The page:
Cybertruck V2H, will it be possible? V2H, or “Vehicle to Home” provides electricity from your electric vehicles battery to your house. Nissan has been working on their “Vehicle to Home” technology for a while now and it is apparently available in Japan now.
Why Would You Want To?
For me, this makes more sense than going the route of a battery storage system such as the Tesla Powerwall. The Powerwall has a mere 13.5 kWh’s of capacity, with their calculator, most houses will typically use 2-3 Powerwalls. At a current pricing of $6,500 (not including hardware or install), this becomes a significant investment.
Power Outage Frequency
It’s probably been over 3 years since we saw a significant power outage lasting several hours or into the next day. Dropping several thousand on Powerwalls just isn’t something I see as a good return on investment for my use-case.
Manual Transfer Switch
My neighbor installed a 30-amp manual transfer switch. This allows him to run a small, gas powered generator to power a certain number of circuit breakers.
Net Metering, Grid-Tied, and No Off Peak Rates
Depending on your local PUD, a battery storage seem could very well make sense. These are the main reasons for me, why it doesn’t in my use-case:
- We’re tried to the grid, our excess energy generation feeds back to the grid. We also get a credit for this generation if it exceeds our usage through a “net metering” agreement.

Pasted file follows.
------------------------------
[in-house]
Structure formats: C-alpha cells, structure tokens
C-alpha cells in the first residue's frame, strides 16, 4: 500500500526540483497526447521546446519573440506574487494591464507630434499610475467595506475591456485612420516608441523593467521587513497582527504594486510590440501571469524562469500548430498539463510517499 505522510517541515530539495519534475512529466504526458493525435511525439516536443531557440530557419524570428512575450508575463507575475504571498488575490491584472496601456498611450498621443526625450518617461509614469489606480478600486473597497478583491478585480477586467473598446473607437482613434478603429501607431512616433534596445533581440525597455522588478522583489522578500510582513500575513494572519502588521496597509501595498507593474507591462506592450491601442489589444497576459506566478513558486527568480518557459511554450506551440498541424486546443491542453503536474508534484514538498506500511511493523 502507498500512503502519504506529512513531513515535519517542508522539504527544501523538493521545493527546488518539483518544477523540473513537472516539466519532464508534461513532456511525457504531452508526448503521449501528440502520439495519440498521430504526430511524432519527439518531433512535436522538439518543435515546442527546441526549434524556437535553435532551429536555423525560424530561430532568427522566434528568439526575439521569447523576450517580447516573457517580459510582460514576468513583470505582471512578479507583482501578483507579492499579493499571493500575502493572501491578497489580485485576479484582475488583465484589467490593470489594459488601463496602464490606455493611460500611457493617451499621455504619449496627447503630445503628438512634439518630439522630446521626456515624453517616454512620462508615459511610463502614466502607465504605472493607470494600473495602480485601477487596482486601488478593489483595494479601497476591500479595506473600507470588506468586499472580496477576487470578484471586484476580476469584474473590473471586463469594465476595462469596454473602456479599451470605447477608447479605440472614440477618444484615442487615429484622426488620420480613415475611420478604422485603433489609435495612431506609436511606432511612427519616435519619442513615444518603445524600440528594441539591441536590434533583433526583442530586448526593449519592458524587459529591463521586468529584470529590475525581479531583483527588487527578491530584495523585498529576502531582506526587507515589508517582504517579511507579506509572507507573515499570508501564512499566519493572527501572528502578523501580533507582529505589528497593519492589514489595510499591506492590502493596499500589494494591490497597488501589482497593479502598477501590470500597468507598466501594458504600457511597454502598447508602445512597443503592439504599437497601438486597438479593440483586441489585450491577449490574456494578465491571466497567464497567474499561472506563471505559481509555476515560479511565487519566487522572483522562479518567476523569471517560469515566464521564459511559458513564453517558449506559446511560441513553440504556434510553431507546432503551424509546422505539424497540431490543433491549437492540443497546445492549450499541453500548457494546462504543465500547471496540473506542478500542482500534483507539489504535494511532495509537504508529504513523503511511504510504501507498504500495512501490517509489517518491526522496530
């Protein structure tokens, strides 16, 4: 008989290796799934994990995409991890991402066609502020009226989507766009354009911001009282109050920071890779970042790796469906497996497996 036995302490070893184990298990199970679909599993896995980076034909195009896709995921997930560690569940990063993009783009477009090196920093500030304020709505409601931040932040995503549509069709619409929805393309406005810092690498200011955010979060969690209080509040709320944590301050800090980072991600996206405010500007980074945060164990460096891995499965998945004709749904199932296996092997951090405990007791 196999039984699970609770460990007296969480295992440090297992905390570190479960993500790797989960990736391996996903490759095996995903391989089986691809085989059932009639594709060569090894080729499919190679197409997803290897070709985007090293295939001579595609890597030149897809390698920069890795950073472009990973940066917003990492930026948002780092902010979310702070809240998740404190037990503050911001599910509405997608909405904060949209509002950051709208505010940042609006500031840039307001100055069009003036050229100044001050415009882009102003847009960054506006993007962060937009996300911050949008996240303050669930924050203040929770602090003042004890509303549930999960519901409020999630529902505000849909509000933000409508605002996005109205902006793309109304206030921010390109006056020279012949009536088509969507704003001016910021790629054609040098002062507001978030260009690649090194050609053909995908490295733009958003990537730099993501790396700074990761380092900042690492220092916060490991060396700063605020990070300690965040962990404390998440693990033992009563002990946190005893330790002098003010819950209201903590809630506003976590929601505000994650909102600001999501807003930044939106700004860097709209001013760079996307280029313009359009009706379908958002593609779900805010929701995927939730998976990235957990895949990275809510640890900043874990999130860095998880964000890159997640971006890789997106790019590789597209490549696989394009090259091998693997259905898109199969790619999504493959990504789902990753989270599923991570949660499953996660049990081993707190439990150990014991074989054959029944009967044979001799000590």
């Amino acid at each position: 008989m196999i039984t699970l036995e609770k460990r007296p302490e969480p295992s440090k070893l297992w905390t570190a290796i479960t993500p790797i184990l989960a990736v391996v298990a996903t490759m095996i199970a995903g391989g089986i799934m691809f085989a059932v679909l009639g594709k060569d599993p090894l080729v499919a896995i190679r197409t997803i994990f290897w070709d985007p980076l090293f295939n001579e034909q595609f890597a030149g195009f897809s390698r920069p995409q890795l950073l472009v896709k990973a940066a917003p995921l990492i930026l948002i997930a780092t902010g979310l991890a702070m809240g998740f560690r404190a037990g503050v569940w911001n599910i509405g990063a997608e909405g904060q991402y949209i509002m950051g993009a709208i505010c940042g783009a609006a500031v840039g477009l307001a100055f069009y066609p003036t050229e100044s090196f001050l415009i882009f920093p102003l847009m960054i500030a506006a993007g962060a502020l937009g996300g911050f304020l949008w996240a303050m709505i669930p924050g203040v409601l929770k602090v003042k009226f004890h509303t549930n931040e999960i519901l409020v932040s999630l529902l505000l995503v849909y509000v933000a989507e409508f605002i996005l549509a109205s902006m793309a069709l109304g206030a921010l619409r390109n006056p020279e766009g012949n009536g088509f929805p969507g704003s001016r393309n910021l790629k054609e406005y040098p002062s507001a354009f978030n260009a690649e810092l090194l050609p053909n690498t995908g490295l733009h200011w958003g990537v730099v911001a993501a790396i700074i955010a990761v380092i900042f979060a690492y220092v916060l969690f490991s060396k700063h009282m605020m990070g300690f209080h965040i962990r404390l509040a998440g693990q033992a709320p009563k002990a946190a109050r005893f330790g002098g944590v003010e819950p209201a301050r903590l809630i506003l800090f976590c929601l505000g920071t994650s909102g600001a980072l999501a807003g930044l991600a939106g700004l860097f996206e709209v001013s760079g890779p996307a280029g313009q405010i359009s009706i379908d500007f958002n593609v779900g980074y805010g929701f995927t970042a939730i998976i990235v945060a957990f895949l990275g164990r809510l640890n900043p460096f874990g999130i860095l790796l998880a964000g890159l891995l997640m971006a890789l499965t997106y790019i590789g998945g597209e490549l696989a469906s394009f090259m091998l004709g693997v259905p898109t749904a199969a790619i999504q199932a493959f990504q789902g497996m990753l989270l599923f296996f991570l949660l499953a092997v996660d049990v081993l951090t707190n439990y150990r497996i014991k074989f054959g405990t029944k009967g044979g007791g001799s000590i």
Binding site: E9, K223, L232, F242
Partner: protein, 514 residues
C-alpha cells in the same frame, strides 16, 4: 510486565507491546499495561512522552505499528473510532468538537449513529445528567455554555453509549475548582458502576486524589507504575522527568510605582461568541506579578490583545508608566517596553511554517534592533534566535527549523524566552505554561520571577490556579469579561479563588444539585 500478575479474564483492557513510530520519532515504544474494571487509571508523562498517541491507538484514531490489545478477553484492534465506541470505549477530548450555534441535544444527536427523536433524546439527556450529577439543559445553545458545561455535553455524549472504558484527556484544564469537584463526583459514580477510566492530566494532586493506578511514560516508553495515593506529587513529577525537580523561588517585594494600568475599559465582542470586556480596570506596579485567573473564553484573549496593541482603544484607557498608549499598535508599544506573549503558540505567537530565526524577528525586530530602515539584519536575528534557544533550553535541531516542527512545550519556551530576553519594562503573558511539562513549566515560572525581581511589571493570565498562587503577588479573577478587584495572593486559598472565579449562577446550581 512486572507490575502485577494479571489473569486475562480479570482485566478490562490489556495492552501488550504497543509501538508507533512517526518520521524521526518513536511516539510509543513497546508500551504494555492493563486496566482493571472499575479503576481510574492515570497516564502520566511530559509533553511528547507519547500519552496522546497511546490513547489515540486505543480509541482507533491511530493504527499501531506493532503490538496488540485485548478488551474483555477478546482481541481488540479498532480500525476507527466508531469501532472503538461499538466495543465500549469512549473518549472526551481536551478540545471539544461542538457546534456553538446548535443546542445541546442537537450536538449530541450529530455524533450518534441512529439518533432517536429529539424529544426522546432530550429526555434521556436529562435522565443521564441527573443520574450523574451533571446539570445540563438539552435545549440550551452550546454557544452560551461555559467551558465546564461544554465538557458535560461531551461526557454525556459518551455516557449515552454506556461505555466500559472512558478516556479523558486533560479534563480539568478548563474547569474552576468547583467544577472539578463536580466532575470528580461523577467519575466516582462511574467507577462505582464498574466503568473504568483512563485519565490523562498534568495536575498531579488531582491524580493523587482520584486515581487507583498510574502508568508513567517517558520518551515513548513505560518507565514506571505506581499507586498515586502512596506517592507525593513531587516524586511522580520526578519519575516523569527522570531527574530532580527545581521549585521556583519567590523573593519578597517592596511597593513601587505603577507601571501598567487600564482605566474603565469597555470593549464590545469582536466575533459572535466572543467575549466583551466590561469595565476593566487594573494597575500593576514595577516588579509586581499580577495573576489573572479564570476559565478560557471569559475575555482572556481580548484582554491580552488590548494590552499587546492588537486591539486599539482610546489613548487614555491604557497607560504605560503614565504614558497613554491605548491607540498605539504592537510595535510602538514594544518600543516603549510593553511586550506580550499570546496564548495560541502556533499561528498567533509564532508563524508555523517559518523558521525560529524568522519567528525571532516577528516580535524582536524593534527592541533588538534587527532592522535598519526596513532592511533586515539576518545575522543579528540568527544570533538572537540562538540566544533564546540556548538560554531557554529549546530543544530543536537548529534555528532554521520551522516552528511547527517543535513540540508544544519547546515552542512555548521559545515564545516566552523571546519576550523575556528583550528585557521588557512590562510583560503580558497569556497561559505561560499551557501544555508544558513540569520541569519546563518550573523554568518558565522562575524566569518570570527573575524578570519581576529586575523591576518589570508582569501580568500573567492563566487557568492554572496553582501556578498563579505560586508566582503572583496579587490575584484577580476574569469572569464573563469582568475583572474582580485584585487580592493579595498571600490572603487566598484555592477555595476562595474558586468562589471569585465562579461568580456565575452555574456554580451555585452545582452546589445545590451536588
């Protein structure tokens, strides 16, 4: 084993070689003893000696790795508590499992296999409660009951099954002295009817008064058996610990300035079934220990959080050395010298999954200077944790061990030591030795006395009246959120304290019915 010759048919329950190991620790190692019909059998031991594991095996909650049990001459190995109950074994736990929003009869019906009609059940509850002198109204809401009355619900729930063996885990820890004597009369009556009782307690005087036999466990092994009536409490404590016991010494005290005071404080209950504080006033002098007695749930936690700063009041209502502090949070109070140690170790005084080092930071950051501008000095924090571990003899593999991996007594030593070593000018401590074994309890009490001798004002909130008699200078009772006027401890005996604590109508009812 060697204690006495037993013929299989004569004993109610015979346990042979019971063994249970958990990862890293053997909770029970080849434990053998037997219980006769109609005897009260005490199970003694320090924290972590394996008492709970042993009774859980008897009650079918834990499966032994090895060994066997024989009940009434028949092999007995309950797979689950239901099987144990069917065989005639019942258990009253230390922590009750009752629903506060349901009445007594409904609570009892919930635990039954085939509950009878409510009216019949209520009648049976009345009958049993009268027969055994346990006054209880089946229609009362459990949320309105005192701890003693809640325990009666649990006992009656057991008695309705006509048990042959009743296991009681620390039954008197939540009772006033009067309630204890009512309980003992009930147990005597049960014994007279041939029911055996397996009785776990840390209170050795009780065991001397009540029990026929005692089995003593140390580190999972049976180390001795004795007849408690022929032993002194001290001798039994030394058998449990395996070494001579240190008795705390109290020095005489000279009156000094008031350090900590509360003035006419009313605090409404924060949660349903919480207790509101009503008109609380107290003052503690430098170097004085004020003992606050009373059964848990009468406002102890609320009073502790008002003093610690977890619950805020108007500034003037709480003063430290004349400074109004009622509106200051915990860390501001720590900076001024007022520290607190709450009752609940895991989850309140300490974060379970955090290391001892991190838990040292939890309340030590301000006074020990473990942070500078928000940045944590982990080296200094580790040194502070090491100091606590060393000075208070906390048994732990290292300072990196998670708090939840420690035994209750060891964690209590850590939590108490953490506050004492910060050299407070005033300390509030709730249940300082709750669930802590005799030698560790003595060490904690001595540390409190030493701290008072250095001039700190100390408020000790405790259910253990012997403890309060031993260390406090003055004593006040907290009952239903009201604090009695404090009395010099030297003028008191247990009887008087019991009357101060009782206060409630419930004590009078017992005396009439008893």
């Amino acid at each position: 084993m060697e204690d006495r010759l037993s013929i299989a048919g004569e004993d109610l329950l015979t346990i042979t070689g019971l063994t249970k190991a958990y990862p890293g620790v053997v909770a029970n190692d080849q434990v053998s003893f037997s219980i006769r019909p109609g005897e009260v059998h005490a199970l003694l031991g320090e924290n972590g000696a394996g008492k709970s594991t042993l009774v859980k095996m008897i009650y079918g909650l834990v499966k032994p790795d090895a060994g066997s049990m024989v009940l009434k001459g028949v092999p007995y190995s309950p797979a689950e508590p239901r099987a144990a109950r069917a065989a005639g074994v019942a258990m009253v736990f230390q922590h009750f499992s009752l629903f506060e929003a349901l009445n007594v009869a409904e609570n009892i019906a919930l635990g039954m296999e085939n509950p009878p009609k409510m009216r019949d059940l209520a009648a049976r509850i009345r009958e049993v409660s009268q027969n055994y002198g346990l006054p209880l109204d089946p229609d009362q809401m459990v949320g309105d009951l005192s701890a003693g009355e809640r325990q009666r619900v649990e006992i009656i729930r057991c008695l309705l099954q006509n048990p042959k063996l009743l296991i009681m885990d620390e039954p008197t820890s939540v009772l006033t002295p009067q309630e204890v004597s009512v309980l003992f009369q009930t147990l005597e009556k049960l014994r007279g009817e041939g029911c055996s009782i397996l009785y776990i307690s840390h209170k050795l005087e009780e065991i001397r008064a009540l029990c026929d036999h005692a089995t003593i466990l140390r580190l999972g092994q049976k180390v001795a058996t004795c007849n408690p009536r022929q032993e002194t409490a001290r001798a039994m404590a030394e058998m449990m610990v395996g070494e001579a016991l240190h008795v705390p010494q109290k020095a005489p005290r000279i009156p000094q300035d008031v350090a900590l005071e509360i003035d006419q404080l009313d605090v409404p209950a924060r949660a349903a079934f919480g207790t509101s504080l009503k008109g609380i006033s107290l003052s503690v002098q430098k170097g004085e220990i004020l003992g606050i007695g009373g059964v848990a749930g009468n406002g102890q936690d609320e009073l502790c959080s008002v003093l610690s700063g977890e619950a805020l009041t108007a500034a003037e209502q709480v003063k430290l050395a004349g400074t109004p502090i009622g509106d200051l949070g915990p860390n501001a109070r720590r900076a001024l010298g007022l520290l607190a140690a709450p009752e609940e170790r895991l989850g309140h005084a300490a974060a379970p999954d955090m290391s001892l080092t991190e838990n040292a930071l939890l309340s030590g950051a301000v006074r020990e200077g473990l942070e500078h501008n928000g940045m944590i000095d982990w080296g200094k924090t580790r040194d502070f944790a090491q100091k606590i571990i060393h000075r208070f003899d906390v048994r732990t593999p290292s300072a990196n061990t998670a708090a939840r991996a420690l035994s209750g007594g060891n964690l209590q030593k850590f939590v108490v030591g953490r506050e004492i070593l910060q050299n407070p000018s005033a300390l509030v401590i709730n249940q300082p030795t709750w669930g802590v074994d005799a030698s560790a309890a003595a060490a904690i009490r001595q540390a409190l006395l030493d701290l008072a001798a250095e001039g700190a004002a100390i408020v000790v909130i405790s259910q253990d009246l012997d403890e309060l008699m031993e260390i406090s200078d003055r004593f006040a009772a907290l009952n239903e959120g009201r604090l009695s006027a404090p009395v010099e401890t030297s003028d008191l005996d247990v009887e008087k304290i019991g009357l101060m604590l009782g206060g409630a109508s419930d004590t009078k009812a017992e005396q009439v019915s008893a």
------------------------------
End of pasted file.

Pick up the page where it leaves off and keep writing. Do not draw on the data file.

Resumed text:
- Our electric company also does not provide a discounted rate for off-peak usage. We don’t have the option of pulling energy at night at a cheaper rate, storing it in batteries, and using it during the day. It all costs the same, regardless of the hour of the day.
- Since we’re tied to the grid, we don’t need to store the energy we provide.
The only reason I can see for storing energy would be in the event of a blackout, but since those rarely happen in our area I’d rather invest that money elsewhere. Possibly additional solar panels in a couple of years that are either ground mount or installed on the roof of a workshop.
So Will Cybertruck V2H Be Possible?
First things certainly depend on the amperage the Cybertruck is rated for on it’s 220v plug. If it’s at least 30 amps, I don’t see any reason why it shouldn’t be possible to run a 220v extension cord from the Cybertruck to a manual transfer switch on a house. Tesla could put in some software limitations or potentially some hardware restrictions as well. If it can support running a welder like they’ve said though, it would be hard to image it not supporting at least 30 amps of power.
We’ll have to wait for more specs on it’s onboard power to know for sure, but as far as I can see things seem promising.